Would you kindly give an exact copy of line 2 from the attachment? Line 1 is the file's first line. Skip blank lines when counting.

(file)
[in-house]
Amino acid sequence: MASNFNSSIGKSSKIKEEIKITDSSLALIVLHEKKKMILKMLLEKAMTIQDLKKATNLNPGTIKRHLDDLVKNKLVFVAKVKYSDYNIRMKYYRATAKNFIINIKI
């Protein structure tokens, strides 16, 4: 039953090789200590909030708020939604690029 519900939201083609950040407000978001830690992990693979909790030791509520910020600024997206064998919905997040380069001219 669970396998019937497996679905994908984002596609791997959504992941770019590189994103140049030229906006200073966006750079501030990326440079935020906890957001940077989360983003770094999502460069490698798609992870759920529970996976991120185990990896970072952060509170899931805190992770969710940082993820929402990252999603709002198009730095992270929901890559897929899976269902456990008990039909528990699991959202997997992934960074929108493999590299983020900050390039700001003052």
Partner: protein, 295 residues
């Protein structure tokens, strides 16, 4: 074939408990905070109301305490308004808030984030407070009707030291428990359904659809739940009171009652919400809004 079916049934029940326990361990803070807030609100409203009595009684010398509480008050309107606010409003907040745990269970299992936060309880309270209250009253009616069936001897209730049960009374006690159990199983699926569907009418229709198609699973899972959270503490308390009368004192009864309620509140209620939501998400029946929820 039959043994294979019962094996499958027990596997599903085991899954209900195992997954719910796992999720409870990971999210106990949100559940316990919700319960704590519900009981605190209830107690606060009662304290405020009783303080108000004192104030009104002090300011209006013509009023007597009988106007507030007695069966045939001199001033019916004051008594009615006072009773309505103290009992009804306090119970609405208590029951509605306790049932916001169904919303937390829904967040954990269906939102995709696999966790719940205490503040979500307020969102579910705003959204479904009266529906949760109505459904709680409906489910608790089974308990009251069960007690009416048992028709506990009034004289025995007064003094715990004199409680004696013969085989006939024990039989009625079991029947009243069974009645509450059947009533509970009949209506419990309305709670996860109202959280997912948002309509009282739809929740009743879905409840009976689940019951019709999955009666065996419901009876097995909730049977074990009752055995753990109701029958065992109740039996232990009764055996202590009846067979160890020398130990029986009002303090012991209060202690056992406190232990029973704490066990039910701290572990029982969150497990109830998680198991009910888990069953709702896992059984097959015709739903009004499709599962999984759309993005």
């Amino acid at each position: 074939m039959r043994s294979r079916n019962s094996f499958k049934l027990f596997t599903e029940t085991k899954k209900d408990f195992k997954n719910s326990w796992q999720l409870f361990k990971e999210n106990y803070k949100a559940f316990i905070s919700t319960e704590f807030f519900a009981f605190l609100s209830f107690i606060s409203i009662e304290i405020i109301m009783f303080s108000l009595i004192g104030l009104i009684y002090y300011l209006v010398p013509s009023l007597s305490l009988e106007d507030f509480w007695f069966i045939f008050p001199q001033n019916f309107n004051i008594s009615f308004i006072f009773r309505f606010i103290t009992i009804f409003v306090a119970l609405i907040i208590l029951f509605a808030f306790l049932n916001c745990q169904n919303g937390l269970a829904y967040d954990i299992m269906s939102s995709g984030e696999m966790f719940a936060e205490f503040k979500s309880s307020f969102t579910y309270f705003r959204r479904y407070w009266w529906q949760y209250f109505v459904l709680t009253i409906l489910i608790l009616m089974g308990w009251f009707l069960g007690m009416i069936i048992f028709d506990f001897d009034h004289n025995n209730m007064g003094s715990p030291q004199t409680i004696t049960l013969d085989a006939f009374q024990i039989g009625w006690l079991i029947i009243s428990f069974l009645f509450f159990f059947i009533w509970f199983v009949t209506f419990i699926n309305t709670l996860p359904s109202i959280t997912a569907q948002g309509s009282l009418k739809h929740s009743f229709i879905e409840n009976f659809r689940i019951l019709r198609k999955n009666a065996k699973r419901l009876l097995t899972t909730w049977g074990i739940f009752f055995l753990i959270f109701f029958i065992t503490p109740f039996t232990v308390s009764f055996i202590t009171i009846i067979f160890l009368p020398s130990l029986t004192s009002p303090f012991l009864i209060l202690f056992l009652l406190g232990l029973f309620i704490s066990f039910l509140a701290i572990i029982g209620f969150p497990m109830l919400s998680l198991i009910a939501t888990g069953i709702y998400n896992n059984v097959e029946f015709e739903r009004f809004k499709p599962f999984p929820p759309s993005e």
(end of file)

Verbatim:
Amino acid sequence: MASNFNSSIGKSSKIKEEIKITDSSLALIVLHEKKKMILKMLLEKAMTIQDLKKATNLNPGTIKRHLDDLVKNKLVFVAKVKYSDYNIRMKYYRATAKNFIINIKI